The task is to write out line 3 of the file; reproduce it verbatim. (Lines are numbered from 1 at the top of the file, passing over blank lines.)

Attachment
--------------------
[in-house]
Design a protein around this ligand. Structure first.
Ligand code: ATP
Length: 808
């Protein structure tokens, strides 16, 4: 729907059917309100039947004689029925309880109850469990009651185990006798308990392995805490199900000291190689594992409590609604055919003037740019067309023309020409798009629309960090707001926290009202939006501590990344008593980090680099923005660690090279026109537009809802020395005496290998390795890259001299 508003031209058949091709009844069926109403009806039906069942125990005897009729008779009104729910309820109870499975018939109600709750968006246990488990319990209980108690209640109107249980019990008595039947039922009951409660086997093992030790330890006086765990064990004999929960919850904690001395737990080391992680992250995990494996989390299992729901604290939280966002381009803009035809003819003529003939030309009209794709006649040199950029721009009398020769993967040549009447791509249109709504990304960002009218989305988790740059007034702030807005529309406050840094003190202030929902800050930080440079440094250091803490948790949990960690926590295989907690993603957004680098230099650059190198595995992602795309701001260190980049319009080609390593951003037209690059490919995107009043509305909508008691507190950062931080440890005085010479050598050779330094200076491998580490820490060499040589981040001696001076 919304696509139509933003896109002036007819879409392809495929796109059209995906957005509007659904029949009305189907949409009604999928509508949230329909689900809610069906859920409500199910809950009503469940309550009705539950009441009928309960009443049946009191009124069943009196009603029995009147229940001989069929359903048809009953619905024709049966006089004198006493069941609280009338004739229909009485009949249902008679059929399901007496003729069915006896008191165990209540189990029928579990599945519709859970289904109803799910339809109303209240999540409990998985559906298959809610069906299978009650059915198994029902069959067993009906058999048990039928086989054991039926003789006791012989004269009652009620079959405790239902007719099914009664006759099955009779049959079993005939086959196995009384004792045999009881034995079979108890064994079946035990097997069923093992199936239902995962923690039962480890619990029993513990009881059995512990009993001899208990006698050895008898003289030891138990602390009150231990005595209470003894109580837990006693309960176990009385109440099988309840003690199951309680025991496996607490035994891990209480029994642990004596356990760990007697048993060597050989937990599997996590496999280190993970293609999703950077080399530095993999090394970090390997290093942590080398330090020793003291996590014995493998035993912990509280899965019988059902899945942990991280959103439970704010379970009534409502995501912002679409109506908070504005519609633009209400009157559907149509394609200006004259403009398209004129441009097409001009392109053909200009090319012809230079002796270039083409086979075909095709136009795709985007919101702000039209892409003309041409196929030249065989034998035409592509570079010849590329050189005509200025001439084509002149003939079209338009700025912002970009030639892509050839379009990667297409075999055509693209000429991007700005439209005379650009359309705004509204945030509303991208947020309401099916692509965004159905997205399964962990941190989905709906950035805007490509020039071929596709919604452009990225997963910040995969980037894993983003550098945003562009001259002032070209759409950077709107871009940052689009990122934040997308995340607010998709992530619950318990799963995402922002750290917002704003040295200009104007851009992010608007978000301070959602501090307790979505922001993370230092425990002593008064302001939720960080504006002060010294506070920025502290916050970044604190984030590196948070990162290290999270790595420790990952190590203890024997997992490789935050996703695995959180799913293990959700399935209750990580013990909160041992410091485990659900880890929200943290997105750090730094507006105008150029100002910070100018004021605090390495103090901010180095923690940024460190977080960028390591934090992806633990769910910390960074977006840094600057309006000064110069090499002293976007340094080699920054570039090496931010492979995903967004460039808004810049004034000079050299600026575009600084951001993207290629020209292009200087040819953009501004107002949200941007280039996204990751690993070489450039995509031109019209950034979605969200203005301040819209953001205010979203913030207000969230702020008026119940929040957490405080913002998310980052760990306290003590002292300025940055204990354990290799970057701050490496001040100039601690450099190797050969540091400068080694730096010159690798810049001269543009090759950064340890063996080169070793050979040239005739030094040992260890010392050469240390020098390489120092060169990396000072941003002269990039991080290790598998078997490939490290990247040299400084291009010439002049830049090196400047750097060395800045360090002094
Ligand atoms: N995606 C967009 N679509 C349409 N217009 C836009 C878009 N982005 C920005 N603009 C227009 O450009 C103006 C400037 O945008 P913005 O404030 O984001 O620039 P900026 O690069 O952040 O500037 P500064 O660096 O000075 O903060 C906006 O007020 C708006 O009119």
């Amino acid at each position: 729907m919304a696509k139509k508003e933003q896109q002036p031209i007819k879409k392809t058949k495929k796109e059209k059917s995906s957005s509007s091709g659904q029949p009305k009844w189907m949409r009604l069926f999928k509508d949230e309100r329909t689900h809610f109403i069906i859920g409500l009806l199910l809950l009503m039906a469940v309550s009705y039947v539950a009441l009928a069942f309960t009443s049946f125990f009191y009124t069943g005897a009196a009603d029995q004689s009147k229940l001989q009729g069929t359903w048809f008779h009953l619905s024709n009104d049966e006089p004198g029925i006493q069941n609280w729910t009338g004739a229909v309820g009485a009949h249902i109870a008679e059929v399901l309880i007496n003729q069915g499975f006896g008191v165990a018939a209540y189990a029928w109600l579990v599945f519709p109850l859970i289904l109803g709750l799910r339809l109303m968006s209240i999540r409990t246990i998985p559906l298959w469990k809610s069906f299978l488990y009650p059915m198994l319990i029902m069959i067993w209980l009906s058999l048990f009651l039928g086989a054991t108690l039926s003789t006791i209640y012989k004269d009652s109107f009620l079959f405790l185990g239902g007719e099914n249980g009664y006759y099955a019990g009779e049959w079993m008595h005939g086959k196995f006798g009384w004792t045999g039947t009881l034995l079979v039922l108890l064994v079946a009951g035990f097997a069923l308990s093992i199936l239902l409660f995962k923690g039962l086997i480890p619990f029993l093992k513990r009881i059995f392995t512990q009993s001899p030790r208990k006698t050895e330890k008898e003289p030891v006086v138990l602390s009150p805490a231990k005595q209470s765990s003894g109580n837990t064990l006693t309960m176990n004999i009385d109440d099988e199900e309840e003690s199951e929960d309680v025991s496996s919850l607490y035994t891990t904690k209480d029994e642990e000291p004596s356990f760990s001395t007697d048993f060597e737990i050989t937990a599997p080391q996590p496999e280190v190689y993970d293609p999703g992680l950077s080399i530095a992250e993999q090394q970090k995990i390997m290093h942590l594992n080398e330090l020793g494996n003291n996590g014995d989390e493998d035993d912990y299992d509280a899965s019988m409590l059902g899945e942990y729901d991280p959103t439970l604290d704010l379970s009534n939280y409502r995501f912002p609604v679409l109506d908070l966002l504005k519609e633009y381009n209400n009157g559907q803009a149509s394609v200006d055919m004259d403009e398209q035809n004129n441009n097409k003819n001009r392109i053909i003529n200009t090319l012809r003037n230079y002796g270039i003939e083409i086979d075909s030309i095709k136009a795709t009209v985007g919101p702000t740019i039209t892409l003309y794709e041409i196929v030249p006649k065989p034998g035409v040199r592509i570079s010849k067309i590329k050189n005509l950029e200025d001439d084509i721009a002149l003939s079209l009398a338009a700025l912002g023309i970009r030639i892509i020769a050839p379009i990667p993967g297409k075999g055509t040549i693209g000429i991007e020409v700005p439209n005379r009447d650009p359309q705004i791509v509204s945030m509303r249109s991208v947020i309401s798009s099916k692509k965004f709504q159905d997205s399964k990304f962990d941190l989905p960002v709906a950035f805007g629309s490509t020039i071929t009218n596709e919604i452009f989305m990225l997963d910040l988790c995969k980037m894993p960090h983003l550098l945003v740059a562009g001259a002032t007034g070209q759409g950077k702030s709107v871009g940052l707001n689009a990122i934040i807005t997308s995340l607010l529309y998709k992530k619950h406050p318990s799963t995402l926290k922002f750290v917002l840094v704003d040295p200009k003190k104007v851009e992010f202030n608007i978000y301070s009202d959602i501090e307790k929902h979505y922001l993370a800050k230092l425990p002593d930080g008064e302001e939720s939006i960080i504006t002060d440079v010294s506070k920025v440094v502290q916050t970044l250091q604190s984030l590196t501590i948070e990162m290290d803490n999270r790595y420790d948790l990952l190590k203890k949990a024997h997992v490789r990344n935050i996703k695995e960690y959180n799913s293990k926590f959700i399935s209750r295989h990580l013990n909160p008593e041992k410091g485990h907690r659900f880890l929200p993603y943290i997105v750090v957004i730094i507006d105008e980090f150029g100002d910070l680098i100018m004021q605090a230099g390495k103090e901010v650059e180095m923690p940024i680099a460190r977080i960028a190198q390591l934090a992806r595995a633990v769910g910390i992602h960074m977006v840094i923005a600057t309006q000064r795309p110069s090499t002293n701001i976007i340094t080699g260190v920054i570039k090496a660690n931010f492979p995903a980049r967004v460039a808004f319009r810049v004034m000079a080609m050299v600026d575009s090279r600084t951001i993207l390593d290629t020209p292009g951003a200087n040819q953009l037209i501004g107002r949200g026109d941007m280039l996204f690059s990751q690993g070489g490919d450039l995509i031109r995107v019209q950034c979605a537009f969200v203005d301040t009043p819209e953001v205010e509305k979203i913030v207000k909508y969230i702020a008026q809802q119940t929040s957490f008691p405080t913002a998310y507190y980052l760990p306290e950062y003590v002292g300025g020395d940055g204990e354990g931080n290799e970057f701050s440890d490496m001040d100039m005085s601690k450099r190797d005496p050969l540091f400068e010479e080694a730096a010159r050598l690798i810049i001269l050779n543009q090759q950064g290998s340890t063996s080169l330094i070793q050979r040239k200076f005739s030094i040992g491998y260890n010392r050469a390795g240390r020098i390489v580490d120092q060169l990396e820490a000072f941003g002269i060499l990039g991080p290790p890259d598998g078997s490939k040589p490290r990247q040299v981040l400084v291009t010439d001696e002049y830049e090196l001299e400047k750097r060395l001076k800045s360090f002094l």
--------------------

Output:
Ligand code: ATP